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Ancient Jewish Coins
Mixed Media
Judith Weinshall Liberman
Return to the Ancient Jewish Coins Gallery


My interest in including images of ancient Jewish coins among my Judaica works has been of long standing. Back in the mid-1960s, barely three years after I began immersing myself in the study of art, I created a small mixed media work based on the Pomegranate (Holy Jerusalem) Coin. The coin dated back to 66-70 AD and was minted in Jerusalem during the war of the Jews against Rome. My work was small, less than 6" by 6". It was done on a block of wood and, incorporating oil paints, marble dust and gold leaf, the image created was that of a precious gold coin embedded in a rock. It did not concern me at the time that the actual ancient Pomegranate Coin was minted in silver rather than gold. I was studying various mediums and the image of the coin seemed perfect for use with the mediums of gold leaf and marble dust which, under the guidance of my art teacher, George Dergalis, I was trying to master.

It was not until twenty years later - the mid-1980s - that the image of ancient Jewish coins reappeared in my art, and quite extensively. At that time I was studying ceramics under the guidance of Makoto Yabe at the DeCordova Museum School in Lincoln, Massachusetts, where I created many dozens of three-dimensional works as well as ceramic scrolls and plaques. Jewish motifs seemed appropriate for these works, both because of the shapes I created and because of the finish (mostly iron oxide) that I chose to give them. I used images of ancient Jewish coins both on my sculptures and on many of the flatter works. A large collection of these ceramic works is on permanent exhibition at Temple Ohabei Shalom in Brookline, Massachusetts. A smaller collection can be found at the Department of Jewish Studies at the Dodd Center at the University of Connecticut in Storrs, Connecticut.

One of the things that was unique to my ceramic works was that I devised a method of creating my ceramic images by first carving them (in reverse) into blocks of wood and then imprinting the carved blocks into the clay while the clay was still soft. I had created a large body of block prints (graphics) years earlier and was familiar with the use of tools and other aspects of wood carving. Using carved blocks to create images in my ceramic works allowed me to ensure that the images were consistently of the high quality I desired to achieve.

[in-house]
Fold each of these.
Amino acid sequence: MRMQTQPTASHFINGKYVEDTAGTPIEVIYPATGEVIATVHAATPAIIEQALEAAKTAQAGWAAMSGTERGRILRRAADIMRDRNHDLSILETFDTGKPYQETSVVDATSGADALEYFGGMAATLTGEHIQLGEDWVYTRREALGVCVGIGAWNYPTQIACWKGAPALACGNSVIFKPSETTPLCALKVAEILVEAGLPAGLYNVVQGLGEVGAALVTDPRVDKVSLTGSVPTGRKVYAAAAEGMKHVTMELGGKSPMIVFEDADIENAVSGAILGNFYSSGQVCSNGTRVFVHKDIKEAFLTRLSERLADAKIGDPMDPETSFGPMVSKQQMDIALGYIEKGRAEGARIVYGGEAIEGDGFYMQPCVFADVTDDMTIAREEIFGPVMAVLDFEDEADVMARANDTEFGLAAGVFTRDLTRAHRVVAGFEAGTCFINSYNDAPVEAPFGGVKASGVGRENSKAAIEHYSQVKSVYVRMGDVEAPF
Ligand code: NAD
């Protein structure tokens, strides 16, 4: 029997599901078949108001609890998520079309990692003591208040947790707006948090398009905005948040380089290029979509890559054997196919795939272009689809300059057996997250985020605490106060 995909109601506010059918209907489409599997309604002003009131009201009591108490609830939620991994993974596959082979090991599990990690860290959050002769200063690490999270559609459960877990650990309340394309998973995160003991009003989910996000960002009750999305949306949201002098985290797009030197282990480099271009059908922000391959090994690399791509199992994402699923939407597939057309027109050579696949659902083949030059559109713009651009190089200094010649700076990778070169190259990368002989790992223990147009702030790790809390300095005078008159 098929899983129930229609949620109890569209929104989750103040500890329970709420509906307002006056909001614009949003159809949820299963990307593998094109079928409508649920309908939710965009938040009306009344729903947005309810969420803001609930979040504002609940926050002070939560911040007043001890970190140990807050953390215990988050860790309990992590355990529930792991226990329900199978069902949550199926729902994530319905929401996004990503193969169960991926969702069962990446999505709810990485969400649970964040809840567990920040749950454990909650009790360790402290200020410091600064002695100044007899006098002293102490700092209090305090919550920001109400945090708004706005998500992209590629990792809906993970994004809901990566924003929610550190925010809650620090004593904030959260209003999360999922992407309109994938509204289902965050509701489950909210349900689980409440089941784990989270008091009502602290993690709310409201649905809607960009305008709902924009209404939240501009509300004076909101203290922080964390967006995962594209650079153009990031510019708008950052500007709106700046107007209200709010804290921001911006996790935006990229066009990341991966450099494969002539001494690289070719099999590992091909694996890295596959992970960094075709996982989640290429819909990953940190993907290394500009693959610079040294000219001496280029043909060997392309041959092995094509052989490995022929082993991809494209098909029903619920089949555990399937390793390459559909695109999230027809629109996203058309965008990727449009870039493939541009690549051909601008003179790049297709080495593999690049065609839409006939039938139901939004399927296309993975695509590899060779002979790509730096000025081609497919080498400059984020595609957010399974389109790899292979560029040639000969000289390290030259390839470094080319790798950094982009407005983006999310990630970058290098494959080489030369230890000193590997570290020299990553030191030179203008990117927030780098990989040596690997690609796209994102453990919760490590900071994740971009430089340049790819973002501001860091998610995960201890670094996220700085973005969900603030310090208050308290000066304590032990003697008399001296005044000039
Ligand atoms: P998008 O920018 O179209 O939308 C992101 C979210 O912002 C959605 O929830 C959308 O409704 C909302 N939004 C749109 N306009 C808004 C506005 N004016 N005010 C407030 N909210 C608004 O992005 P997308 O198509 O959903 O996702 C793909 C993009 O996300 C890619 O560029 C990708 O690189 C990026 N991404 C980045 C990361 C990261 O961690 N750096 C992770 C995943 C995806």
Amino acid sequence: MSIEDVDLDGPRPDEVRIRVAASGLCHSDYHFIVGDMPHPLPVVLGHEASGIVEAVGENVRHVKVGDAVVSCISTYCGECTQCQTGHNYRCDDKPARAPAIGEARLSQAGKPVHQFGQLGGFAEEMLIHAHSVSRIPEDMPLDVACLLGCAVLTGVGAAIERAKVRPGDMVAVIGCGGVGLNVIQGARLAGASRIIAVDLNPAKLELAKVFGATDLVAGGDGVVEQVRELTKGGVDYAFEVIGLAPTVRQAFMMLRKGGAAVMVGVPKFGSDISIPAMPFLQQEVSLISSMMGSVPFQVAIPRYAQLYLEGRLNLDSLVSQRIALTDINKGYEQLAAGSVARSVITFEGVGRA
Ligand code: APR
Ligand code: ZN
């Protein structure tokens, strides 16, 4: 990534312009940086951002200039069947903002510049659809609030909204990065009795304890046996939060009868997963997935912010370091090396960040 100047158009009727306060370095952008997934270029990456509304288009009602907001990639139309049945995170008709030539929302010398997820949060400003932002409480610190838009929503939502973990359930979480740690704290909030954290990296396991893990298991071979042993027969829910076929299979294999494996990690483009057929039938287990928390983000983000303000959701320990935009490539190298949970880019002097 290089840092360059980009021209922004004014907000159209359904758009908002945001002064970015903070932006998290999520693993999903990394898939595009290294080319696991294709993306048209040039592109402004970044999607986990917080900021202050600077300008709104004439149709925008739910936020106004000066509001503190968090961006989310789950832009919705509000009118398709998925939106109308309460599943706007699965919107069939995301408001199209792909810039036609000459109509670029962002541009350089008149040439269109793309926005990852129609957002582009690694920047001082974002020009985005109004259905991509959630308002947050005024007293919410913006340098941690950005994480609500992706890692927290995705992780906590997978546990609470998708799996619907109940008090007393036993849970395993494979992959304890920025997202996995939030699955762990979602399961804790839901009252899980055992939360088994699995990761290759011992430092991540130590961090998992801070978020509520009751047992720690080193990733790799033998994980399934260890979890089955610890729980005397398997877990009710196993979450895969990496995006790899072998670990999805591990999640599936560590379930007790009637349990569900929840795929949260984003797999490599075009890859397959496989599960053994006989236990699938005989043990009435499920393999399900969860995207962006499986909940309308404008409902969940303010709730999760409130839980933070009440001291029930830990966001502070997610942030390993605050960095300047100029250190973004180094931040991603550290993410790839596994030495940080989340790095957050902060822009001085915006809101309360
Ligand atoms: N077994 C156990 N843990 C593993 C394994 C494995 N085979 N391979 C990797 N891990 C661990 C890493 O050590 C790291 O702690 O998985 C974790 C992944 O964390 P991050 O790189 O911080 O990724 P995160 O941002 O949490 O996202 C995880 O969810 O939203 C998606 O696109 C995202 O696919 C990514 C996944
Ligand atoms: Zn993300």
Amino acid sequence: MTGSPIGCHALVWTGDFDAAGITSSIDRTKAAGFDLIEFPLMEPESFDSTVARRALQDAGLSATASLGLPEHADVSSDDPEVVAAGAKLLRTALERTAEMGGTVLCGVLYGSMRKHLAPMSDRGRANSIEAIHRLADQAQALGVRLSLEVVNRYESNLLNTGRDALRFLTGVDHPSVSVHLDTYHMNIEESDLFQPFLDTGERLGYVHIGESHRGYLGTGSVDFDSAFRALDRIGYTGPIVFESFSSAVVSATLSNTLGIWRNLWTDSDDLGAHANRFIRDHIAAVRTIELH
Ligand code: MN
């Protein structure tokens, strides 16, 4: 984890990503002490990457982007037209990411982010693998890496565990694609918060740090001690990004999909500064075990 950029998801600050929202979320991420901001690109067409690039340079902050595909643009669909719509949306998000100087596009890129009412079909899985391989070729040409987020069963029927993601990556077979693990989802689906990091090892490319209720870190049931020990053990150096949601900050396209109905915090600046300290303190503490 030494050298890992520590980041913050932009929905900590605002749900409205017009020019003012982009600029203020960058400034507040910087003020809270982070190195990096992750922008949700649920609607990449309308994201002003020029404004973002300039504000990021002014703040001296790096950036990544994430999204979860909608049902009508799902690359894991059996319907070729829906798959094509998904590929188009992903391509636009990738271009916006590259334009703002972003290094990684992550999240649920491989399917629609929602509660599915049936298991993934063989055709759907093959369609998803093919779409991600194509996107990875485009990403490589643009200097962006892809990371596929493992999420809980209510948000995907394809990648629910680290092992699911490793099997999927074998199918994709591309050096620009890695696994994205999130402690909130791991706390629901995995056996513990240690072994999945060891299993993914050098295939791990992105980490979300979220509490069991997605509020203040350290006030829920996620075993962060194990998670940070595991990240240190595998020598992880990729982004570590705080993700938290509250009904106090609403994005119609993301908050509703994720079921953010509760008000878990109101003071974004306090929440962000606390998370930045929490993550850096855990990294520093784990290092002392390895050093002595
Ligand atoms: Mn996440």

When my husband passed away later in the mid-1980s and I turned away from ceramics and began creating art about the Holocaust, I still had about a dozen blocks carved with the image of ancient Jewish coins or other Jewish symbols which I had never used. I discovered these unused blocks in 2008 and, since I did not have the facility – or inclination - to do ceramics any longer, I thought I would simply print the carved blocks on paper and create a graphic series by means of these carved blocks. With that in mind, I inked the raised parts of the carved blocks with permanent black ink so the image on each block would appear clearly in black-and-white. While inking them, however, I discovered that the blocks, which I had carved over twenty years earlier, were too brittle to be printed even on paper. Evidently they had dried up with the passage of time.

Unwilling to have all the hard work of carving the blocks go to waste, I decided to create mixed media works based on the images carved in the blocks. Some of the images were of ancient coins. Others were of Jewish symbols, ancient and modern. I chose a limited palette of warm and cool metallic acrylic paints – such as copper and silver - to create these works, combining these paints with marble dust to evoke an image of rock, as I had in my first coin image over forty years earlier.